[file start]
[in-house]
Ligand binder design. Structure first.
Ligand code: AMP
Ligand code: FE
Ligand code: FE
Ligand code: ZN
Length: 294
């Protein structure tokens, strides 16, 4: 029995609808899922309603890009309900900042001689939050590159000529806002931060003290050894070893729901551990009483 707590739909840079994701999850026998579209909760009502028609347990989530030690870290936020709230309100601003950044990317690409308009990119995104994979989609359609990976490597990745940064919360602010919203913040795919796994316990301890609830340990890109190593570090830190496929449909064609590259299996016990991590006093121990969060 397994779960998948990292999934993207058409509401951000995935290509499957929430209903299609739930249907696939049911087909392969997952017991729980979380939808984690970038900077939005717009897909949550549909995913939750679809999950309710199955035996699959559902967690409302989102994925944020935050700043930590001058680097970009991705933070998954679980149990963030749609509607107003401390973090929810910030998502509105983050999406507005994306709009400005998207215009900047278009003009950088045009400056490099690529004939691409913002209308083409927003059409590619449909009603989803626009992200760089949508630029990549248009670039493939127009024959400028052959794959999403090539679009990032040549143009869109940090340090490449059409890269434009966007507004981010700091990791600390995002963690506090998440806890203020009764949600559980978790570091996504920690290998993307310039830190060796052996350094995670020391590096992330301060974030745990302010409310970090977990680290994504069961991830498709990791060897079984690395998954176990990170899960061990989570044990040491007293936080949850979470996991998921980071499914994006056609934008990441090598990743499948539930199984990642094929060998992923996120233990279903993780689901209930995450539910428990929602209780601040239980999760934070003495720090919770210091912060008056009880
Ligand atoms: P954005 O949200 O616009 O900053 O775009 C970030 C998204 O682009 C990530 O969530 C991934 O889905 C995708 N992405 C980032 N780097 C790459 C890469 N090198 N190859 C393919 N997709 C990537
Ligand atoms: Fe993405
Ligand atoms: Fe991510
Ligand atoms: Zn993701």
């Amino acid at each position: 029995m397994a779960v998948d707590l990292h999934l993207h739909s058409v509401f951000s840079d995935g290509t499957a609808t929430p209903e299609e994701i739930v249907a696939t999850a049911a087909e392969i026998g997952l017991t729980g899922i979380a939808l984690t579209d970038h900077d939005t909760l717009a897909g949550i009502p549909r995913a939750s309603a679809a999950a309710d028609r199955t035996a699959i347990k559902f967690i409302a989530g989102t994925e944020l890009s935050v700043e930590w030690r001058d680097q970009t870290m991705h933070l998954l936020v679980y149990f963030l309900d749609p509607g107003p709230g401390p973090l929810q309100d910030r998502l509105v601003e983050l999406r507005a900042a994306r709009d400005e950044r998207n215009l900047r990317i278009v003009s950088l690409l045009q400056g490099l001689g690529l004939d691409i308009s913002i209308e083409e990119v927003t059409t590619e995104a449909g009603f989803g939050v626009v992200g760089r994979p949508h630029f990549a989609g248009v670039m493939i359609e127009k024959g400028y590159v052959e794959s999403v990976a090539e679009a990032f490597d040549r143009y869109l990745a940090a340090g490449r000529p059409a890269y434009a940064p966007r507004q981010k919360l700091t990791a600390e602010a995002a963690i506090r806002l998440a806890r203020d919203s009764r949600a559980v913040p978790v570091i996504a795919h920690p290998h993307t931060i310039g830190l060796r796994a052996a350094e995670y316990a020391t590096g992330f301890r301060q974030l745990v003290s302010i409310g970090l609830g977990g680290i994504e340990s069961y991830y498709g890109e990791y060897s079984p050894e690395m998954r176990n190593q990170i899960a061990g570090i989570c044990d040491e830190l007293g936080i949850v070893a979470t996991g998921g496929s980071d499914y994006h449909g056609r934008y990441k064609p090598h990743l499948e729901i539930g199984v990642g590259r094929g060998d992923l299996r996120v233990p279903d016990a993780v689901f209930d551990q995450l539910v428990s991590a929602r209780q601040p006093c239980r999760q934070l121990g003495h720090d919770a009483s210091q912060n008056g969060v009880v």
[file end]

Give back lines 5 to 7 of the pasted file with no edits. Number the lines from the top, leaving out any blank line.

Ligand code: FE
Ligand code: ZN
Length: 294